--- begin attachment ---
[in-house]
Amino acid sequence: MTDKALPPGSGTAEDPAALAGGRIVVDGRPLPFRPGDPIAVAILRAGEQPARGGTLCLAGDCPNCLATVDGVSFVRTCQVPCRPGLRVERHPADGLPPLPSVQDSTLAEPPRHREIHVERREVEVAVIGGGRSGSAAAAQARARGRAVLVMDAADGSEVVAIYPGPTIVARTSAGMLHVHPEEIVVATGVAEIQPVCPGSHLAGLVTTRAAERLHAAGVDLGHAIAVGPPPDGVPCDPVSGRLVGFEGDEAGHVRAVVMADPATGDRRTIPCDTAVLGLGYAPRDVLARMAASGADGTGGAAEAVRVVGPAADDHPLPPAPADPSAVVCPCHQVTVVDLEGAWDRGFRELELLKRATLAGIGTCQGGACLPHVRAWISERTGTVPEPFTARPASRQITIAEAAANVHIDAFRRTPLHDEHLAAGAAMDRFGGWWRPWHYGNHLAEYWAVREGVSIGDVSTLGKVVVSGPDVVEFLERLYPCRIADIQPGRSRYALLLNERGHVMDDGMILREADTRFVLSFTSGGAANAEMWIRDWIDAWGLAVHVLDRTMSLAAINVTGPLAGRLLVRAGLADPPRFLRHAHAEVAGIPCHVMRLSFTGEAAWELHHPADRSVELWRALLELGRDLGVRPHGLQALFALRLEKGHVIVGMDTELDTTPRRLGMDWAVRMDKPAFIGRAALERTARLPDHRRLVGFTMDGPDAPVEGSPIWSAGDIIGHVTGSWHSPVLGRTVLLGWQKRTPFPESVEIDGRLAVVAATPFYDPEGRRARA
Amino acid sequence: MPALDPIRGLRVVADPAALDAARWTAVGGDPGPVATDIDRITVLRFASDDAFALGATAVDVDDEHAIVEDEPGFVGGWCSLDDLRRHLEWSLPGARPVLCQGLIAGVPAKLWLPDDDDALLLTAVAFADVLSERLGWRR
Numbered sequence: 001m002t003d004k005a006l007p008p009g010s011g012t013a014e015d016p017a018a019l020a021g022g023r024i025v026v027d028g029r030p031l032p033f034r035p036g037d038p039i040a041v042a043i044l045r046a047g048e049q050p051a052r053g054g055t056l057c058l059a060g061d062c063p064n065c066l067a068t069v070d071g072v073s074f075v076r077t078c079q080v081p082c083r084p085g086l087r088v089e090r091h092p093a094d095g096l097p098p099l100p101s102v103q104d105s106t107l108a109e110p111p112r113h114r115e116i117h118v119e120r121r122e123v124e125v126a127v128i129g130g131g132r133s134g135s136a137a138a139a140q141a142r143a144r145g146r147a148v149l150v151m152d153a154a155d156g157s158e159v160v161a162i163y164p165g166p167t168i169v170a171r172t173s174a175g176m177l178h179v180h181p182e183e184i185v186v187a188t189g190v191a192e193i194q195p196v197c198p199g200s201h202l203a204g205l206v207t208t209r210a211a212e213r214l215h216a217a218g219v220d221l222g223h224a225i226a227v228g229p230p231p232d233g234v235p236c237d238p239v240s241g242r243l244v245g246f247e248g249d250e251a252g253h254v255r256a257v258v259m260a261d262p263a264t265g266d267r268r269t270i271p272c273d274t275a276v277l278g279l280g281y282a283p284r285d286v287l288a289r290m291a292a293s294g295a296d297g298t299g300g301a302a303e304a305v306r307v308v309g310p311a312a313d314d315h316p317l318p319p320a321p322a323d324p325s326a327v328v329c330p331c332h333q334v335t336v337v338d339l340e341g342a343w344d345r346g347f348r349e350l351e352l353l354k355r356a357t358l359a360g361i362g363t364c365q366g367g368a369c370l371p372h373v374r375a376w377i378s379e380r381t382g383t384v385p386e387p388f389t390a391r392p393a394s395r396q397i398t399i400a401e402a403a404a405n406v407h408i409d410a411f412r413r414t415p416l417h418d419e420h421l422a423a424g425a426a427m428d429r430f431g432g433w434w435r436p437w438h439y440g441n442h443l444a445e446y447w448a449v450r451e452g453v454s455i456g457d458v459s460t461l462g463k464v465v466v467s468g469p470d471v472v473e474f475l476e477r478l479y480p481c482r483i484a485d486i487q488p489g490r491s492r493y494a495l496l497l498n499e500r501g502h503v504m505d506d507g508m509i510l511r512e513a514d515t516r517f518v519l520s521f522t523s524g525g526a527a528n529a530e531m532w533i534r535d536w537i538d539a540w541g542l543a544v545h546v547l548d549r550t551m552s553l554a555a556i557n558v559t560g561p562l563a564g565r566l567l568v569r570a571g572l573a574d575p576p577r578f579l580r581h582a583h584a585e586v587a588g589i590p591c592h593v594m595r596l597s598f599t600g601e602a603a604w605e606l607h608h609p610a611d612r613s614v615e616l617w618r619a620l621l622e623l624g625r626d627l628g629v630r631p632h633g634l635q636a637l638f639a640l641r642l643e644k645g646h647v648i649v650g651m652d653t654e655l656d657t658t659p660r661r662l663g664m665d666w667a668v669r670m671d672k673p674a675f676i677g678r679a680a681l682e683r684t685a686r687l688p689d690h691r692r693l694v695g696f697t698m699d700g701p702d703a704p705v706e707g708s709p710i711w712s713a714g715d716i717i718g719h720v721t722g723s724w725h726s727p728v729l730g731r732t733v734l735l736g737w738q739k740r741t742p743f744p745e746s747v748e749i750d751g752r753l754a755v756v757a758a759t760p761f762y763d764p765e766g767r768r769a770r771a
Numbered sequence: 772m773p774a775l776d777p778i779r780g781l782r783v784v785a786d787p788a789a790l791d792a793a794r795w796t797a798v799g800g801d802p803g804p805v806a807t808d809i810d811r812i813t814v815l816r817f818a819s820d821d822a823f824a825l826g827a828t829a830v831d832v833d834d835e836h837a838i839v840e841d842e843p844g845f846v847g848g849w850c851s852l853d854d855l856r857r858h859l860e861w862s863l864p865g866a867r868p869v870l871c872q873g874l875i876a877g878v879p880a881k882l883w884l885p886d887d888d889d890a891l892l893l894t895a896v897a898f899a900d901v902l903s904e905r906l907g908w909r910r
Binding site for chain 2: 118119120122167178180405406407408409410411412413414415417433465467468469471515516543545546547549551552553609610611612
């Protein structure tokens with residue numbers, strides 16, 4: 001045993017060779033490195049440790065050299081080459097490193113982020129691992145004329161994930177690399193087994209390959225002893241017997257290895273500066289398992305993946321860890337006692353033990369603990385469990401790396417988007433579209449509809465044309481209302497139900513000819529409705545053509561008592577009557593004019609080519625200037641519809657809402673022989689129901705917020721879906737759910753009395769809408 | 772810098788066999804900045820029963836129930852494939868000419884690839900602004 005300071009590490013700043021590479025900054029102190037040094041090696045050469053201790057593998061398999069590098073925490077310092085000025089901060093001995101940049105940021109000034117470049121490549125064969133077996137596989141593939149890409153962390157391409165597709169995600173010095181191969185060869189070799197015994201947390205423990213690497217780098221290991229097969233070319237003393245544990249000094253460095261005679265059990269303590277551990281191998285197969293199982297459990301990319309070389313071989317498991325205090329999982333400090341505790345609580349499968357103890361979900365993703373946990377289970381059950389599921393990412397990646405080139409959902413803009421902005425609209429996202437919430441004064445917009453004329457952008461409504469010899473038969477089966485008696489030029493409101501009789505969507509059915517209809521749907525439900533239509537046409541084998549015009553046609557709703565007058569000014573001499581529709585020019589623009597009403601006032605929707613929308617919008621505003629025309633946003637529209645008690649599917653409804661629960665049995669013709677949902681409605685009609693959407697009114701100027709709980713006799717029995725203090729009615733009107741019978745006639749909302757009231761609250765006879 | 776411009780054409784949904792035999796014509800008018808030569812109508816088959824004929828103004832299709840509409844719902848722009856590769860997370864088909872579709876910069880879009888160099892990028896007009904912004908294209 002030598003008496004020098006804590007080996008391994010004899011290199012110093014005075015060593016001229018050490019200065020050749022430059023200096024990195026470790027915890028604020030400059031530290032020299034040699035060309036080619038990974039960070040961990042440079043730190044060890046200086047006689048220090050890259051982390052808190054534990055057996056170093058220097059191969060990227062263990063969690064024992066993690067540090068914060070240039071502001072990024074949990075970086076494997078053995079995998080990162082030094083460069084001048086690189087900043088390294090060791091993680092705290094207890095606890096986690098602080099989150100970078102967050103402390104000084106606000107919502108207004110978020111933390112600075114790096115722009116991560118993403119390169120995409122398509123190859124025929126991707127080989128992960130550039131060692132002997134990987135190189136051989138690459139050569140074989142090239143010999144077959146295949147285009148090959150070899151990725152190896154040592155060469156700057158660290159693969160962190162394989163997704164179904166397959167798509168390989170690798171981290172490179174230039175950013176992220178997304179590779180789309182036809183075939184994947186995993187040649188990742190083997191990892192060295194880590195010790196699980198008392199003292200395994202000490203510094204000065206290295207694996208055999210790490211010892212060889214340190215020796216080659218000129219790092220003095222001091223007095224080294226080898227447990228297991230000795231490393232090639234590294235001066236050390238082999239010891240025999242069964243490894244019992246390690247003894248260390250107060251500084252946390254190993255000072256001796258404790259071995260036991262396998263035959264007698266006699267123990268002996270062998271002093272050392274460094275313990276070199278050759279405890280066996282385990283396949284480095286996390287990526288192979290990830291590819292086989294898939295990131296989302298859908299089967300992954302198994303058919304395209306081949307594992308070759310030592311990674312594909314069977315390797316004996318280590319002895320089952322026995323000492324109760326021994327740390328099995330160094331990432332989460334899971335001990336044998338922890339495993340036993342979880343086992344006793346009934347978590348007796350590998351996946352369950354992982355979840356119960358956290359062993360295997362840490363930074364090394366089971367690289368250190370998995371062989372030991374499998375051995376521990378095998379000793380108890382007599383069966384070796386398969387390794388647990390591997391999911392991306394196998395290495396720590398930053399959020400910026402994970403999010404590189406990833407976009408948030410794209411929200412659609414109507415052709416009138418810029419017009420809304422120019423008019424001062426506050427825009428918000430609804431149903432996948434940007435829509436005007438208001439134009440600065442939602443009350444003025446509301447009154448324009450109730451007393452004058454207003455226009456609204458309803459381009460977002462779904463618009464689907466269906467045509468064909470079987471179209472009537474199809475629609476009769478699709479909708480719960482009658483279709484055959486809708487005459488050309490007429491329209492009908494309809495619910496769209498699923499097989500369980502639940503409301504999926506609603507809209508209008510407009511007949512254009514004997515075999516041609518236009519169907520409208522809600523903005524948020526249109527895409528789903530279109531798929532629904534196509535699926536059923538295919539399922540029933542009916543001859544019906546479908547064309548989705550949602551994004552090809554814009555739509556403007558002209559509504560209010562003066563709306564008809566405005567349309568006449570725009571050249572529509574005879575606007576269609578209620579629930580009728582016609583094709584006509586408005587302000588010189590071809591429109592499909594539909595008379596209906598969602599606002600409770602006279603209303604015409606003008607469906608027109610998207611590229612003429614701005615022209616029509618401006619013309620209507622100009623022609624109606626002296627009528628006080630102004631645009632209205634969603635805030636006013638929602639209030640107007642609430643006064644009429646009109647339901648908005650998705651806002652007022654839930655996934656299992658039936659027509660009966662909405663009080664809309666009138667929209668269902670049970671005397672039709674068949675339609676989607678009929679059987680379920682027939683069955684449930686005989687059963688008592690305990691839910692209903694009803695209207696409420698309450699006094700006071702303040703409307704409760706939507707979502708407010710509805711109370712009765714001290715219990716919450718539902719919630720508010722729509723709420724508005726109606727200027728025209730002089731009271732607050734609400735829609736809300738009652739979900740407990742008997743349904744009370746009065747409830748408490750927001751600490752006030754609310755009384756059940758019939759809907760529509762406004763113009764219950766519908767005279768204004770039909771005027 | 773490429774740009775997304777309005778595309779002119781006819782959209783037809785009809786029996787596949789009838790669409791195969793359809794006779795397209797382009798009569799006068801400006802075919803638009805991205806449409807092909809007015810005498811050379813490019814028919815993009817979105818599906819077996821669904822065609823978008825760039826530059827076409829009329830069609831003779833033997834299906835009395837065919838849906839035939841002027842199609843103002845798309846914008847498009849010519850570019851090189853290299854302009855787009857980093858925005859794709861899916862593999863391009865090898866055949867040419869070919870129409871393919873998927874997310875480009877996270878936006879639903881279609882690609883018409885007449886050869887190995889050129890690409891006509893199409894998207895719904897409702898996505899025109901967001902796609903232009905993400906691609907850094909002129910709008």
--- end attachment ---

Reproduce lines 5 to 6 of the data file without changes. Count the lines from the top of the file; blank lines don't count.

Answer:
Numbered sequence: 772m773p774a775l776d777p778i779r780g781l782r783v784v785a786d787p788a789a790l791d792a793a794r795w796t797a798v799g800g801d802p803g804p805v806a807t808d809i810d811r812i813t814v815l816r817f818a819s820d821d822a823f824a825l826g827a828t829a830v831d832v833d834d835e836h837a838i839v840e841d842e843p844g845f846v847g848g849w850c851s852l853d854d855l856r857r858h859l860e861w862s863l864p865g866a867r868p869v870l871c872q873g874l875i876a877g878v879p880a881k882l883w884l885p886d887d888d889d890a891l892l893l894t895a896v897a898f899a900d901v902l903s904e905r906l907g908w909r910r
Binding site for chain 2: 118119120122167178180405406407408409410411412413414415417433465467468469471515516543545546547549551552553609610611612